The phenomenon of cathodoluminescence gave geologists an easy way to identify quartz and other minerals in rock samples. Cathodoluminescence allows a piece of quartz to glow icy blue when put under an electron scanning microscope. Now, scientists have used this phenomenon to probe into nanostructures.
The scientists published their findings in the journal Physical Review Letters¹. The light, emitted after a beam of electrons kicks a material’s own electrons in to a higher-energy state, is faint and diffuse, thus discouraging scientists from harnessing it for fine-scale imaging. A Dutch group has found a way to collect and focus this light, which was previously ignored. They used it to probe a material’s nanoscale structure. The technology will reach the market early this year, giving scientists another tool to investigate the behavior of light in the interiors of the complex nanostructures used in lasers, light-based circuits and solar cells.
The technique has the advantage of combining optical and electron-based imaging. An electron beam can achieve a resolution of less than one nanometer, but a beam of light achieves a few hundred nanometers. Maps made by scattered or reflected electrons are not typically sensitive to the way light behaves in the sample. Cathodoluminescence can map the interaction of light and matter and since it’s triggered by a narrow beam of electrons, it can achieve the same nanoscale resolution.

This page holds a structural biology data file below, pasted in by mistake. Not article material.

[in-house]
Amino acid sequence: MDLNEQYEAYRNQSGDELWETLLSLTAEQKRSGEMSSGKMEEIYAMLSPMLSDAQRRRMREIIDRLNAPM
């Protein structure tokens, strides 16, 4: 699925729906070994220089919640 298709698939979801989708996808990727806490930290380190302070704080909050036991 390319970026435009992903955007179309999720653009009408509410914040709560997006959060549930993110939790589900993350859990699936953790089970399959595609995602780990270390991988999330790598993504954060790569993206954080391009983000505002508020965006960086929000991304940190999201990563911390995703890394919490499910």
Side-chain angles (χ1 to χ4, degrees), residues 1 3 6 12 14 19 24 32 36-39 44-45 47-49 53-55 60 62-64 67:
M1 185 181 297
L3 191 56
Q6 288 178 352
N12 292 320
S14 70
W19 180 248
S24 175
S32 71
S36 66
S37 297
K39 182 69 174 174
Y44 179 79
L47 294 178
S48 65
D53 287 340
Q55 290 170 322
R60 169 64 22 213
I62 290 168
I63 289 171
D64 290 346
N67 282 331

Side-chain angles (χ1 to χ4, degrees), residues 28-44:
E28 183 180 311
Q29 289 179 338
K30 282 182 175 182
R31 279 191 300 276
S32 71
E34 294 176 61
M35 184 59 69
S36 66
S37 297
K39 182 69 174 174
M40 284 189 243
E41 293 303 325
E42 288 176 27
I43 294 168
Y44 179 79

The ultraprecise alignment of the sample is key to the functioning of the device, which includes a precisely shaped parabolic mirror that collects photons as they emerge from a sample bombarded with electrons. The photons are then sent through a system of lenses and a spectrometer to resolve the origin and energy of the light. The device is sensitive enough to pick up signals from materials that are barely luminescent, such as metals. Just as in an old-fashioned cathode-ray-tube color TV, the electron beam scans the sample to build up an image line by line.
The Dutch team has already used the technique to see how certain nanostructures interact with light. In a recent paper¹ studying a layered construct of silver, glass, and silicon, they show that the phase velocity of visible light, the speed at which the peaks and troughs of the wave travel through the material, is as fast as if the light was traveling through vacuum. This is the explanation for the material’s overall refractive index of zero.
is effect had been predicted in layered structures called metamaterials; but in order to observe it, scientists required a higher-resolution map of light emissions than it was possible to produce until now. The team also mapped the distribution of light in the silicon nanodiscs used to coat solar cells to improve efficiency, as well as the small cavities of photonic crystals, components of chip-based lasers and LEDs.
- Vesseur E. J. R. , et al., Phys. Rev. Lett. 110, 013902, doi: 10.1103/PhysRevLett.110.013902 2013